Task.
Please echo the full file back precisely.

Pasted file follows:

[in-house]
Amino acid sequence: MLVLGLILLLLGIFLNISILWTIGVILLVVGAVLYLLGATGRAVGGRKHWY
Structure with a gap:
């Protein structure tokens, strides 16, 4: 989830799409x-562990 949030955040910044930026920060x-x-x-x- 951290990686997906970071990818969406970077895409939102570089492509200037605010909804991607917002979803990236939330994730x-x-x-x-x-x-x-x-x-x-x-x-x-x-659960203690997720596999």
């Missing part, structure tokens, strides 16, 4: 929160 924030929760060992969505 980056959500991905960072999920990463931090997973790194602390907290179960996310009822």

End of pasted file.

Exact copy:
[in-house]
Amino acid sequence: MLVLGLILLLLGIFLNISILWTIGVILLVVGAVLYLLGATGRAVGGRKHWY
Structure with a gap:
């Protein structure tokens, strides 16, 4: 989830799409x-562990 949030955040910044930026920060x-x-x-x- 951290990686997906970071990818969406970077895409939102570089492509200037605010909804991607917002979803990236939330994730x-x-x-x-x-x-x-x-x-x-x-x-x-x-659960203690997720596999």
């Missing part, structure tokens, strides 16, 4: 929160 924030929760060992969505 980056959500991905960072999920990463931090997973790194602390907290179960996310009822």